“We’re talking about a future in which our kids and our grandkids aren’t going to be able to eat as much, (they) aren’t going to have access to clean water and clean air,” he said. “And we are worried about people coming across the border right now, think of a world where people don’t have access to food resources, they are going to be climate migrants. They will be coming here far more than anything we can imagine at the Southern border right now.”
In the final 20 minutes of Wednesday’s debate – when the candidates were allowed to ask each other a few questions – Throneburg wanted to know why Good was one of just a dozen lawmakers who voted against legislation awarding Congressional Gold Medals to members of the U.S. Capitol Police and the District of Columbia Metropolitan Police Department for protecting lawmakers during the storming of the Capitol on Jan. 6, 2021.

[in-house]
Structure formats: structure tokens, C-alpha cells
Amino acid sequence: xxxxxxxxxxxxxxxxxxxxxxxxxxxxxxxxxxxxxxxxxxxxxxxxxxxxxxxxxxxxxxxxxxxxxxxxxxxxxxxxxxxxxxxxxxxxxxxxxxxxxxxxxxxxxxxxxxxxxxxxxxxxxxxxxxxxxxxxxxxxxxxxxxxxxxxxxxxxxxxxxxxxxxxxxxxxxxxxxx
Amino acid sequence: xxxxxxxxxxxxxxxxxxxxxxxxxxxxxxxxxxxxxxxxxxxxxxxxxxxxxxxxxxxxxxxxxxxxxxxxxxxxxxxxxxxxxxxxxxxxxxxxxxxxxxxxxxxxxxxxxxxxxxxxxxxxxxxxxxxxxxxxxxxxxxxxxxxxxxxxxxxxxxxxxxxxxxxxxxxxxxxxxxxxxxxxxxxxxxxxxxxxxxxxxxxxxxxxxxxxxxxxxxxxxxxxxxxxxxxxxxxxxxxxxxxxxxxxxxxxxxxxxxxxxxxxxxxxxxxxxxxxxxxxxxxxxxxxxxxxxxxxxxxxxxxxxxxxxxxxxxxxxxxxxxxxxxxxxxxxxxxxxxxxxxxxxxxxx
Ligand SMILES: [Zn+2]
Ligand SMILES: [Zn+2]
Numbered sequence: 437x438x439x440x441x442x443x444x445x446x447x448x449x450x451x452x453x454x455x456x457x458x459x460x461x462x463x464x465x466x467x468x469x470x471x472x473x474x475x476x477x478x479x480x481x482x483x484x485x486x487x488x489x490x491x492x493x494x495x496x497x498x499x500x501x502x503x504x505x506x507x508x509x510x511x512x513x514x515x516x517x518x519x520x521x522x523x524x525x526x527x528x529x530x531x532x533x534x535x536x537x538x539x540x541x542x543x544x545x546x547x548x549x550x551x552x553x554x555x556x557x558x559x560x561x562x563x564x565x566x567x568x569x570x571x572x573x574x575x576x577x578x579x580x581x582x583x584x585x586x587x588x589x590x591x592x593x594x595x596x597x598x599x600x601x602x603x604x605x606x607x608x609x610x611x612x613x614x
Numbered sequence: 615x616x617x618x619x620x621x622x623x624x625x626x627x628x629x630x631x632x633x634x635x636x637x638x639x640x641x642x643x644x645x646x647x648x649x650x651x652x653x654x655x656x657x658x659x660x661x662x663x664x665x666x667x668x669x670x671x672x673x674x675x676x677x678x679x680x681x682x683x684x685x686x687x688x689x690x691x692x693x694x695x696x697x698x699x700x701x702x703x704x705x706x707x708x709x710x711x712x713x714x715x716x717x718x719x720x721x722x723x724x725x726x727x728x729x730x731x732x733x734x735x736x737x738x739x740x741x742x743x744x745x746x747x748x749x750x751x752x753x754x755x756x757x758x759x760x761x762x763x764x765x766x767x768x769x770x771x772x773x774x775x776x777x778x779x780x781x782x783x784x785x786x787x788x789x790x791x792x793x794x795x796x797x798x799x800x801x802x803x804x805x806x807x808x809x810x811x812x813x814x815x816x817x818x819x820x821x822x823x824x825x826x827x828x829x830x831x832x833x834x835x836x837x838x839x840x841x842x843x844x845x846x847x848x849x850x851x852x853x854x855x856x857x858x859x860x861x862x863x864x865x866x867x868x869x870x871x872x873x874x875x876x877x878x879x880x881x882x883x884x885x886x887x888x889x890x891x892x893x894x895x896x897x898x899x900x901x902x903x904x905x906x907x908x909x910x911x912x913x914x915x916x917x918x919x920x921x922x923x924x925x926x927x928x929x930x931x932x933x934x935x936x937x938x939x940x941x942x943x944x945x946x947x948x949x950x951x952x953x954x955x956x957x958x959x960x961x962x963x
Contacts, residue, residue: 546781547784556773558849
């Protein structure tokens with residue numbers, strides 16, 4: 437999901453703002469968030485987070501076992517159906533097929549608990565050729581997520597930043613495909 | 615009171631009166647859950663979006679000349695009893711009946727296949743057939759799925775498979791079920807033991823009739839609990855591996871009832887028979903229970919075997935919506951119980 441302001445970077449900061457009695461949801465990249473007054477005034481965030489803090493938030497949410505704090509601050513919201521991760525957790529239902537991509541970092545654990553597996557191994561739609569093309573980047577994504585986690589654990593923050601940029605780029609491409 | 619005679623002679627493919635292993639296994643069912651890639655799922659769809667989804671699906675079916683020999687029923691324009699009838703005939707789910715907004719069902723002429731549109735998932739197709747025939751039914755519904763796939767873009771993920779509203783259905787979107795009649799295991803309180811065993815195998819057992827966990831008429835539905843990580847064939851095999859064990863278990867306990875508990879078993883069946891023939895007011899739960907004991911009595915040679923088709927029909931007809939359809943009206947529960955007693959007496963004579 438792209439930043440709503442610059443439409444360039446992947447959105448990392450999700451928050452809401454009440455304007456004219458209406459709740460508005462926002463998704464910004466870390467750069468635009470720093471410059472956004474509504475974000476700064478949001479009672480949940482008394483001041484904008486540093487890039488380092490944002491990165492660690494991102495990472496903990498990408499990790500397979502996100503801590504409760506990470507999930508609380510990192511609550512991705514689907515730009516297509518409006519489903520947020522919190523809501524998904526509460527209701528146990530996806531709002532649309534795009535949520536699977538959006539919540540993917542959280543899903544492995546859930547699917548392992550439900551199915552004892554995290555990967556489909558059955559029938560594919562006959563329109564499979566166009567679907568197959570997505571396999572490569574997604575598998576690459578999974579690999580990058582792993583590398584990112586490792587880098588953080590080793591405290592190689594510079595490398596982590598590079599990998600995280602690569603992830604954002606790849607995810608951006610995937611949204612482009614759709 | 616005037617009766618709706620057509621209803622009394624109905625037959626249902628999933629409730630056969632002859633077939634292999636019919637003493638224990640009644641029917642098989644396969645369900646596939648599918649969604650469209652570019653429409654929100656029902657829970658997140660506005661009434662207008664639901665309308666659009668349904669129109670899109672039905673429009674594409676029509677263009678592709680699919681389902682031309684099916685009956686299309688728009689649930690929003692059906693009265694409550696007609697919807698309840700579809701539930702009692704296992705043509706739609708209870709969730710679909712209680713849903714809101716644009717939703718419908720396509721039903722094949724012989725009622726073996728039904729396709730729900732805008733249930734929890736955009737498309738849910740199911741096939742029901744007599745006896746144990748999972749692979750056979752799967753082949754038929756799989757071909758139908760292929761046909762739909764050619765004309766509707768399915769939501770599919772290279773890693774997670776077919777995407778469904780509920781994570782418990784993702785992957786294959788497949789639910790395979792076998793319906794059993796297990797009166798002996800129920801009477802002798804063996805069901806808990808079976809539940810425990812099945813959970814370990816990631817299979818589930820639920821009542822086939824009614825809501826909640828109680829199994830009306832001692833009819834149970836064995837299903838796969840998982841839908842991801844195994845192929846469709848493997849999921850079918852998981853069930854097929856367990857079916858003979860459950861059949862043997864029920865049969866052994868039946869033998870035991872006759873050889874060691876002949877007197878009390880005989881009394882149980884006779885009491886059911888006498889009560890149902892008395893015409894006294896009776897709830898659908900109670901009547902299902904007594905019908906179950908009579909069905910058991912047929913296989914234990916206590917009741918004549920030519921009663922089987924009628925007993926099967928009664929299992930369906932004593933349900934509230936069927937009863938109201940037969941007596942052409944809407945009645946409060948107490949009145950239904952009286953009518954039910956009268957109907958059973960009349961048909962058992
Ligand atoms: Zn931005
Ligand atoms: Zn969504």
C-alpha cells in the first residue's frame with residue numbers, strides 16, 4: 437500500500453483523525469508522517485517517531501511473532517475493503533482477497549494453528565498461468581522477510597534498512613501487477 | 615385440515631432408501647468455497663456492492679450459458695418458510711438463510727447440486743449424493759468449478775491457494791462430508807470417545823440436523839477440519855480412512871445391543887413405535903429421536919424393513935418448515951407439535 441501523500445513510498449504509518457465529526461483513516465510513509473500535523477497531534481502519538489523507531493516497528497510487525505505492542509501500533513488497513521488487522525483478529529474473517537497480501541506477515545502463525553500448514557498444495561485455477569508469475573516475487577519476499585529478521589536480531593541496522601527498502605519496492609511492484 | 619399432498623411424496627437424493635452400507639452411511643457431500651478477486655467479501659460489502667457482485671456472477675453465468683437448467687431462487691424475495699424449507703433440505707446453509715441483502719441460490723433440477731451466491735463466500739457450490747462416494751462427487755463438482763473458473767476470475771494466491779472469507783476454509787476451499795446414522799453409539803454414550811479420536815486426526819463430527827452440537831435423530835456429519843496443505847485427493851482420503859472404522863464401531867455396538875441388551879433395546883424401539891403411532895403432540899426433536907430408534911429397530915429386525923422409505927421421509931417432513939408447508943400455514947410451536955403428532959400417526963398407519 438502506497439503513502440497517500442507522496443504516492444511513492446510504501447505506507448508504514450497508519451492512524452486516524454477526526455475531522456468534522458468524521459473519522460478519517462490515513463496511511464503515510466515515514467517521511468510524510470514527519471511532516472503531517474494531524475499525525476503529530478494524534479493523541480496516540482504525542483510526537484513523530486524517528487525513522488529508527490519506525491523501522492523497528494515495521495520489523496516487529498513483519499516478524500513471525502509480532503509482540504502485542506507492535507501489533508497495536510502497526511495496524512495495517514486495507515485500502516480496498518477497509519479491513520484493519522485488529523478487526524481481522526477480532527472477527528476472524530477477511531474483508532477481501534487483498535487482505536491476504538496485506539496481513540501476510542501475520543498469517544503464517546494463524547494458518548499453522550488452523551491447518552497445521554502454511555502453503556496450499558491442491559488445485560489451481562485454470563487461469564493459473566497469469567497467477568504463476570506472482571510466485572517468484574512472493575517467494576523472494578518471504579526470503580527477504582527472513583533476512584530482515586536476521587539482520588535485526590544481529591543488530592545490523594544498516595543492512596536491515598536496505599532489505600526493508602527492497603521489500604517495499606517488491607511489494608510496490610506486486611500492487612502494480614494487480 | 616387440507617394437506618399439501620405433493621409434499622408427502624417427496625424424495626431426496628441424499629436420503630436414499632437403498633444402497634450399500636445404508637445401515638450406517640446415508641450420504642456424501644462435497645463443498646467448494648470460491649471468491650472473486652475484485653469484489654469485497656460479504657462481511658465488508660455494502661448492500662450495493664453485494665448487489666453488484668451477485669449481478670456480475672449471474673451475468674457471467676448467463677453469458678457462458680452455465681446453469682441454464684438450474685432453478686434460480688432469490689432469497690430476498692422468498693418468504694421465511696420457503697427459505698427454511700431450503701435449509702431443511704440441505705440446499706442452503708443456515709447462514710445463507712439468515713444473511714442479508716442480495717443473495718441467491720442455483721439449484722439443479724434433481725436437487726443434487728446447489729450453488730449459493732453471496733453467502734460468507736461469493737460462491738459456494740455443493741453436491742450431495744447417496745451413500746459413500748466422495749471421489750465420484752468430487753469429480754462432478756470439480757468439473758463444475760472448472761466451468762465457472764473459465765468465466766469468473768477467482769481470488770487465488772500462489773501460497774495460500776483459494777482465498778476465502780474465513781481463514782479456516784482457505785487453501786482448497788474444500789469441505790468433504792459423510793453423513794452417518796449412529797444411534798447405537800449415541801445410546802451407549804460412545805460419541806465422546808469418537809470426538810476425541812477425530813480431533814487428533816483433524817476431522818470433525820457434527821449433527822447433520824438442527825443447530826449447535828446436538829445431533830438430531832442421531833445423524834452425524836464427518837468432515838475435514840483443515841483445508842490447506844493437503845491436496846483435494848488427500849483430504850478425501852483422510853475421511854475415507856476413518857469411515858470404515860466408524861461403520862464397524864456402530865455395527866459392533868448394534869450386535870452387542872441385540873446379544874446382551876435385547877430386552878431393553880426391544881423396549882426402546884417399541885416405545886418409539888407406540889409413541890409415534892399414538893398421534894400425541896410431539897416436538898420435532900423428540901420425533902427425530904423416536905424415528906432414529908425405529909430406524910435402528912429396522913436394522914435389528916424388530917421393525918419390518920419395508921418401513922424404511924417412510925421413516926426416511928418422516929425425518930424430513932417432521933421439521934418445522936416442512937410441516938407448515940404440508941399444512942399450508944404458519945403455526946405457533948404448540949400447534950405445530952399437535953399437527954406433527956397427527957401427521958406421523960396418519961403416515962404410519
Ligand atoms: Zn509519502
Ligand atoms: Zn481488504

“That was a vote that I knew was right,” Good said, adding that the legislation was “a scheme and a stunt” by Democrats politicizing the events of that day. “Think about how the Democrat party has declared war on police, they have called for the defunding of police and now they are trying to dial that back because they know they are about to get whacked in this election,” Good said.
Good in return wanted to know Throneburg’s view on a measure proposed earlier this month by Del. Elizabeth R. Guzman, D-Prince William, which a TV report said would have led to parents facing criminal charges if “they do not affirm their child’s sexual orientation and gender identity.” Guzman later called this interpretation inaccurate.